Citing “practical and legal” reasons, PREPA requested the elimination of the required independent audit on the existing renewable energy contracts that are not operational. They also requested the elimination of the requirement stating that, on or before June 30 of 2017, the public corporation must initiate a public bidding process to acquire new alternative projects.

PREPA pointed out that they’re already reviewing the renewable energy contracts, which is why the bidding “should not be initiated” until the evaluation is finished and there is a “clear understanding” of their “interconnection limits.”    

According to Torres, the independent audit is necessary, “because PREPA has demonstrated they are inefficient in implementing laws related to renewable energy.” He added that the bidding should be published on the agreed upon date, since these are projects that “could mean additional income for the economy.”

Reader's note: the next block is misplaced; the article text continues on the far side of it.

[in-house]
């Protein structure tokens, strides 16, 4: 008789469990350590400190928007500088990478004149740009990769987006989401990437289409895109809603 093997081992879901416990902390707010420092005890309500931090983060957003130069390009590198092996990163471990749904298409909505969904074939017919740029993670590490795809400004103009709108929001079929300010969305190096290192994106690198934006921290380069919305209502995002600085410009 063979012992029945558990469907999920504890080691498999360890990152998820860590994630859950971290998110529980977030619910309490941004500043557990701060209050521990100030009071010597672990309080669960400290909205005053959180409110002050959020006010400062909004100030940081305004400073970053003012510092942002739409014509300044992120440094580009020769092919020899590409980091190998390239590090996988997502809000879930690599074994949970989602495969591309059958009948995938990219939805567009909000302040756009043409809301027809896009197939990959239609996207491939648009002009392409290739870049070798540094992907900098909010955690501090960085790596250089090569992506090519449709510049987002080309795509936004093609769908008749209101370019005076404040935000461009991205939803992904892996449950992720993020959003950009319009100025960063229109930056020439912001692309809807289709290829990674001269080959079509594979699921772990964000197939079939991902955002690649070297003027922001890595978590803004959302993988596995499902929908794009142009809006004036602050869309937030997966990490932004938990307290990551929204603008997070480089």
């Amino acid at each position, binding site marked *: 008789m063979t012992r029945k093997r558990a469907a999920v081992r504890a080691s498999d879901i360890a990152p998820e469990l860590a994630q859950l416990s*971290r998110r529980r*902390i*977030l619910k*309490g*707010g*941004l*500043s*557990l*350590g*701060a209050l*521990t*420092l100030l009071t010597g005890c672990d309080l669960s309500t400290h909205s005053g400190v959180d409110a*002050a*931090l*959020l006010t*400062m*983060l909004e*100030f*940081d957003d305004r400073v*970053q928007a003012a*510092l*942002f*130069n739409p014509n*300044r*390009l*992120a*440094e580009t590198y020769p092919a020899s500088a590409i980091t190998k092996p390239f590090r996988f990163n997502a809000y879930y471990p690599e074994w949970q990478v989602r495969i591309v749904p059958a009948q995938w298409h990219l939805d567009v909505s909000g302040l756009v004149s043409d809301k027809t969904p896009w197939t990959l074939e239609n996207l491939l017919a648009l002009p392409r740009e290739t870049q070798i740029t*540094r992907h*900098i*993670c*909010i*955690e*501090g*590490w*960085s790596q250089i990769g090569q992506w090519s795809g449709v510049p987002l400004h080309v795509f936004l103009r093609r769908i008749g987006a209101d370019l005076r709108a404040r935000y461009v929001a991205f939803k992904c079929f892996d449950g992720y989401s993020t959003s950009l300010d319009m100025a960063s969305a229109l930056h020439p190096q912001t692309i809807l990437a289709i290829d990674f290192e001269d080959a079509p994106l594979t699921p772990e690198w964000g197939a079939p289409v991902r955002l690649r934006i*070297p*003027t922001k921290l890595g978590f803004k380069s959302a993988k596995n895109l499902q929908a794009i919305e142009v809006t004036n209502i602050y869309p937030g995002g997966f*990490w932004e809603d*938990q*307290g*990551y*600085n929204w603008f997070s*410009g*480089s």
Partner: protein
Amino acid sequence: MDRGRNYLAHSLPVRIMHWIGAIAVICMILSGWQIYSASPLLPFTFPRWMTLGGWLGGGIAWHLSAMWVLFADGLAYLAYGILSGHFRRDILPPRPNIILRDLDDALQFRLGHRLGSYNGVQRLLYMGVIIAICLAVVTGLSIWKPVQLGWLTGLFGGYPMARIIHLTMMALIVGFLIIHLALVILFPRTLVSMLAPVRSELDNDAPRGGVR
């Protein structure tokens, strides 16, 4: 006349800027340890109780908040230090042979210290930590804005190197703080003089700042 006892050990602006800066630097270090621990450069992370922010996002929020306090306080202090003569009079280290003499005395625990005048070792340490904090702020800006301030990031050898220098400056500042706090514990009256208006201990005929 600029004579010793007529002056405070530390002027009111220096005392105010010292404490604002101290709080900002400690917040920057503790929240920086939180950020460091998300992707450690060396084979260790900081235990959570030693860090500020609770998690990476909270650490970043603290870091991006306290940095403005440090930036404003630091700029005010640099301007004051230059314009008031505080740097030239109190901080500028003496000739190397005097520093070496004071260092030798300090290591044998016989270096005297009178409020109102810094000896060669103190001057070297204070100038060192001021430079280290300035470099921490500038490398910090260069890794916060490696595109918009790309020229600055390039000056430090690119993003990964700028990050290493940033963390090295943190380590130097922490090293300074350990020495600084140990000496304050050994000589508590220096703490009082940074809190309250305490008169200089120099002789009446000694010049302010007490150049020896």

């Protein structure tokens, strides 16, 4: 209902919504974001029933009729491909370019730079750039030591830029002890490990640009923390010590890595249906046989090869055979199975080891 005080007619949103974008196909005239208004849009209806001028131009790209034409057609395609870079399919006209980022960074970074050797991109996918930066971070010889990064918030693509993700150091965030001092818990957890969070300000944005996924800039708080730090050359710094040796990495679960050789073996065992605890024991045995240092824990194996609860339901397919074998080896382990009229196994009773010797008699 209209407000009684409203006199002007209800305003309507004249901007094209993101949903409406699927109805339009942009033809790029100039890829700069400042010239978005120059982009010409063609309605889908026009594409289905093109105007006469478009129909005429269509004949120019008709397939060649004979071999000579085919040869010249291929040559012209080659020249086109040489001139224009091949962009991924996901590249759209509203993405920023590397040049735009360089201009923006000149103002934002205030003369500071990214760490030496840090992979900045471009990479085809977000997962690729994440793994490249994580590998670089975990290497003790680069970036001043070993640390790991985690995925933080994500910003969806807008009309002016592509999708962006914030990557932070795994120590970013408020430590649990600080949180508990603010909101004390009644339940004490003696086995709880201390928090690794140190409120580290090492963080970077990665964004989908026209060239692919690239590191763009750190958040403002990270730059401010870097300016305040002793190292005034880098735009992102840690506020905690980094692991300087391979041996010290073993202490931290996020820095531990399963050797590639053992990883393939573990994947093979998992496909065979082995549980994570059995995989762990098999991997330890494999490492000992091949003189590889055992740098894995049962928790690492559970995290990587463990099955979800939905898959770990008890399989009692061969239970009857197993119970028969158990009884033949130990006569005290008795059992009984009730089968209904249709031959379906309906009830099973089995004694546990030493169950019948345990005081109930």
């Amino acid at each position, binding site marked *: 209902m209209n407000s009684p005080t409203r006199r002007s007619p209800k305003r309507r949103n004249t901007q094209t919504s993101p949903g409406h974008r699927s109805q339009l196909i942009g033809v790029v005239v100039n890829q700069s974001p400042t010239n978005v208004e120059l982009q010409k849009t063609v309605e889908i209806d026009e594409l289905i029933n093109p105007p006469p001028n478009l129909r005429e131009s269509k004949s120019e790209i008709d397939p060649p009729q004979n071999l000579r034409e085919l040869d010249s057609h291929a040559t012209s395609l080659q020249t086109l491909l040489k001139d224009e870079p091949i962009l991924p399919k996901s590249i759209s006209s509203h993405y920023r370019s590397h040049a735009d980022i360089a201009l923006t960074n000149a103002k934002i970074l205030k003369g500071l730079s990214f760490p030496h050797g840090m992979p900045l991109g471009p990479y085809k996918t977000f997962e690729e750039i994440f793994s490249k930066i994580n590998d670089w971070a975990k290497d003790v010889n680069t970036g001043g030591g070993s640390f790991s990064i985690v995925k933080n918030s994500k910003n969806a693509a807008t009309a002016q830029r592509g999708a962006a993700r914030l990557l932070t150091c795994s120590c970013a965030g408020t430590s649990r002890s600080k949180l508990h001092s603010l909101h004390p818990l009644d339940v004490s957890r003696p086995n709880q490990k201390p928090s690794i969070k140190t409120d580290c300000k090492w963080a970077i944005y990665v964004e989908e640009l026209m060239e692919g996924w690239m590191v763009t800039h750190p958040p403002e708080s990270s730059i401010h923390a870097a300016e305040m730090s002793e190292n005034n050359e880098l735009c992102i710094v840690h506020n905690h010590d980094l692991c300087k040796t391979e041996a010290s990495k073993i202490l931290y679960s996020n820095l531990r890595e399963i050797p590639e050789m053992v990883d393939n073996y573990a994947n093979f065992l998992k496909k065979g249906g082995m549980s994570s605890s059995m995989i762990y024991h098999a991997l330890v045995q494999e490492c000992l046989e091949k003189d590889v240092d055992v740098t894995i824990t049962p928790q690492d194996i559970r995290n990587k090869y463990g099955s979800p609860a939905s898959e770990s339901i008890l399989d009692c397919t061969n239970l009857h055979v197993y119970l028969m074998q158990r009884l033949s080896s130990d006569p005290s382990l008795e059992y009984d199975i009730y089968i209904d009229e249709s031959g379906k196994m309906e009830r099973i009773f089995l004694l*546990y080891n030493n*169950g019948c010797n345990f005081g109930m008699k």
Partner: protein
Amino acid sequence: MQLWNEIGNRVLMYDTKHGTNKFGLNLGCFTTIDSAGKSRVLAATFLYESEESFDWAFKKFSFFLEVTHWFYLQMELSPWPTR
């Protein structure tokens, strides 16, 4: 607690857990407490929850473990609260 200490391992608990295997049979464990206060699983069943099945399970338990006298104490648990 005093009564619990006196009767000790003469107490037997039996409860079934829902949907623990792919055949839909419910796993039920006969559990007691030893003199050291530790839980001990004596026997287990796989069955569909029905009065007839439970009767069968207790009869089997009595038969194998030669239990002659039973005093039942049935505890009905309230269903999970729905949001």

After notifying that the motion for reconsideration had been accepted, PREPA Executive Director Javier Quintana said he was pleased.

“We are pleased by the PREC’s decision to agree to reassess the proposed modifications, since the AOGP is vital for our environmental compliance (with the MATS). We have warned that the Commission’s proposed modifications would delay this compliance by at least 5 or 6 years, which would expose PREPA to penalty fees of up to $93,750 per day per infraction throughout the time we remain non-compliant,” he said.

He also seemed optimistic that the PREC would reassess the conversions to gas in the Aguirre power plant, and he claimed that the permit process for the AOGP “is at an advanced stage.”

The decision by the NMFS (National Marine Fisheries Service) would allow the United States Army Corps of Engineers (USACE) to complete its joint permit evaluation, which would also allow the Federal Energy Regulatory Commission (FERC) to issue its authorization for the construction of the AOGP.

PREPA Unable to Improve Its Infrastructure